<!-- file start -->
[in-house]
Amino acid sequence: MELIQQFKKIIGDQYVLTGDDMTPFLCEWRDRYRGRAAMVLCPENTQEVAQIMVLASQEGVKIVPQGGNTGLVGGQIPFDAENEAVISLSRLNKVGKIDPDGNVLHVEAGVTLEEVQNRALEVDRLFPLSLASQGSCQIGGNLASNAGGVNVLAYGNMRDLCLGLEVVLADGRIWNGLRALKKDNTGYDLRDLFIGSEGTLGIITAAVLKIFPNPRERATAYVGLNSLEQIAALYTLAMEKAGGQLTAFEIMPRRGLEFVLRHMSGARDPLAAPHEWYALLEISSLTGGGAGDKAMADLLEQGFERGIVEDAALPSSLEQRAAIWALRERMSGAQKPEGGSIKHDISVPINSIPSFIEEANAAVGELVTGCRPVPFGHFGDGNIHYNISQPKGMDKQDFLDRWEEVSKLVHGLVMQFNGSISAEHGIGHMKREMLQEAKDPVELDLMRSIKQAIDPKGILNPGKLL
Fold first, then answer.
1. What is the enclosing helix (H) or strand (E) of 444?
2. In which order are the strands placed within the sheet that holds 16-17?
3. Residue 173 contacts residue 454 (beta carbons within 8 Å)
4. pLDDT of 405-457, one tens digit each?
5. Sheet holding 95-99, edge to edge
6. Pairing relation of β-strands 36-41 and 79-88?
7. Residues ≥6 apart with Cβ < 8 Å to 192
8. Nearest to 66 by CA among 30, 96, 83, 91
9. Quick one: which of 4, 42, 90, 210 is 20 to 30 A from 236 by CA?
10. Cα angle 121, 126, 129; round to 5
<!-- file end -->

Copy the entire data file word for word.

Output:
[in-house]
Amino acid sequence: MELIQQFKKIIGDQYVLTGDDMTPFLCEWRDRYRGRAAMVLCPENTQEVAQIMVLASQEGVKIVPQGGNTGLVGGQIPFDAENEAVISLSRLNKVGKIDPDGNVLHVEAGVTLEEVQNRALEVDRLFPLSLASQGSCQIGGNLASNAGGVNVLAYGNMRDLCLGLEVVLADGRIWNGLRALKKDNTGYDLRDLFIGSEGTLGIITAAVLKIFPNPRERATAYVGLNSLEQIAALYTLAMEKAGGQLTAFEIMPRRGLEFVLRHMSGARDPLAAPHEWYALLEISSLTGGGAGDKAMADLLEQGFERGIVEDAALPSSLEQRAAIWALRERMSGAQKPEGGSIKHDISVPINSIPSFIEEANAAVGELVTGCRPVPFGHFGDGNIHYNISQPKGMDKQDFLDRWEEVSKLVHGLVMQFNGSISAEHGIGHMKREMLQEAKDPVELDLMRSIKQAIDPKGILNPGKLL
Fold first, then answer.
1. What is the enclosing helix (H) or strand (E) of 444?
2. In which order are the strands placed within the sheet that holds 16-17?
3. Residue 173 contacts residue 454 (beta carbons within 8 Å)
4. pLDDT of 405-457, one tens digit each?
5. Sheet holding 95-99, edge to edge
6. Pairing relation of β-strands 36-41 and 79-88?
7. Residues ≥6 apart with Cβ < 8 Å to 192
8. Nearest to 66 by CA among 30, 96, 83, 91
9. Quick one: which of 4, 42, 90, 210 is 20 to 30 A from 236 by CA?
10. Cα angle 121, 126, 129; round to 5